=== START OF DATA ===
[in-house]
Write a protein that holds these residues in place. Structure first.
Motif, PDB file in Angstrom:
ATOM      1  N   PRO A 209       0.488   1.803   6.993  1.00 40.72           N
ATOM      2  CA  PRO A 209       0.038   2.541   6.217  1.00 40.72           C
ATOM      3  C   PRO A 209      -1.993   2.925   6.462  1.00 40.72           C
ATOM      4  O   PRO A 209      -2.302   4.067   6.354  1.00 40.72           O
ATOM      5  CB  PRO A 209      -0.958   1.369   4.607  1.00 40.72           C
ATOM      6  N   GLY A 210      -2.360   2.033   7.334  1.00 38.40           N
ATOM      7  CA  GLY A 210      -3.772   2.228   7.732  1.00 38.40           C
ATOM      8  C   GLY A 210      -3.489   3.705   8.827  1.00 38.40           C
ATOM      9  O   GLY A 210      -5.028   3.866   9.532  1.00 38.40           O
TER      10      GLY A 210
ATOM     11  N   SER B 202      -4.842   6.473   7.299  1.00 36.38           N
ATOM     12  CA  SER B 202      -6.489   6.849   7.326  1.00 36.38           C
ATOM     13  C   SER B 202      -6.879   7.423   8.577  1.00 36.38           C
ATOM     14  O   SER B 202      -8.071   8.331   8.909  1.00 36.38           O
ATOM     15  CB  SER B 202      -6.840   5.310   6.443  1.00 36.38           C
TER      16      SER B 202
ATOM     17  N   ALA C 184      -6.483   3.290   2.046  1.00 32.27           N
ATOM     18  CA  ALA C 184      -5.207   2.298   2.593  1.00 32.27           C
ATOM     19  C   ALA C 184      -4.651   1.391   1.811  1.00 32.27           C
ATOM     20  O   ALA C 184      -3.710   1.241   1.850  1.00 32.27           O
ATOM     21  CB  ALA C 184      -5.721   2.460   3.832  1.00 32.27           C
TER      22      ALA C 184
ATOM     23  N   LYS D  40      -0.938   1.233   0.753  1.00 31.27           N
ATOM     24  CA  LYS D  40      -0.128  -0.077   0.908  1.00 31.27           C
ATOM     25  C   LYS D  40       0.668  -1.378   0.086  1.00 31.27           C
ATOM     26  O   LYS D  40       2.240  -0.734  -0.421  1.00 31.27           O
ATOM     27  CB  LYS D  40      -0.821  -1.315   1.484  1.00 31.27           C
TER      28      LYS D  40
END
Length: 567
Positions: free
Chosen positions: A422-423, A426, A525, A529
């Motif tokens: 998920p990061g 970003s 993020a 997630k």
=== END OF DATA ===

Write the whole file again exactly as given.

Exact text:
[in-house]
Write a protein that holds these residues in place. Structure first.
Motif, PDB file in Angstrom:
ATOM      1  N   PRO A 209       0.488   1.803   6.993  1.00 40.72           N
ATOM      2  CA  PRO A 209       0.038   2.541   6.217  1.00 40.72           C
ATOM      3  C   PRO A 209      -1.993   2.925   6.462  1.00 40.72           C
ATOM      4  O   PRO A 209      -2.302   4.067   6.354  1.00 40.72           O
ATOM      5  CB  PRO A 209      -0.958   1.369   4.607  1.00 40.72           C
ATOM      6  N   GLY A 210      -2.360   2.033   7.334  1.00 38.40           N
ATOM      7  CA  GLY A 210      -3.772   2.228   7.732  1.00 38.40           C
ATOM      8  C   GLY A 210      -3.489   3.705   8.827  1.00 38.40           C
ATOM      9  O   GLY A 210      -5.028   3.866   9.532  1.00 38.40           O
TER      10      GLY A 210
ATOM     11  N   SER B 202      -4.842   6.473   7.299  1.00 36.38           N
ATOM     12  CA  SER B 202      -6.489   6.849   7.326  1.00 36.38           C
ATOM     13  C   SER B 202      -6.879   7.423   8.577  1.00 36.38           C
ATOM     14  O   SER B 202      -8.071   8.331   8.909  1.00 36.38           O
ATOM     15  CB  SER B 202      -6.840   5.310   6.443  1.00 36.38           C
TER      16      SER B 202
ATOM     17  N   ALA C 184      -6.483   3.290   2.046  1.00 32.27           N
ATOM     18  CA  ALA C 184      -5.207   2.298   2.593  1.00 32.27           C
ATOM     19  C   ALA C 184      -4.651   1.391   1.811  1.00 32.27           C
ATOM     20  O   ALA C 184      -3.710   1.241   1.850  1.00 32.27           O
ATOM     21  CB  ALA C 184      -5.721   2.460   3.832  1.00 32.27           C
TER      22      ALA C 184
ATOM     23  N   LYS D  40      -0.938   1.233   0.753  1.00 31.27           N
ATOM     24  CA  LYS D  40      -0.128  -0.077   0.908  1.00 31.27           C
ATOM     25  C   LYS D  40       0.668  -1.378   0.086  1.00 31.27           C
ATOM     26  O   LYS D  40       2.240  -0.734  -0.421  1.00 31.27           O
ATOM     27  CB  LYS D  40      -0.821  -1.315   1.484  1.00 31.27           C
TER      28      LYS D  40
END
Length: 567
Positions: free
Chosen positions: A422-423, A426, A525, A529
């Motif tokens: 998920p990061g 970003s 993020a 997630k």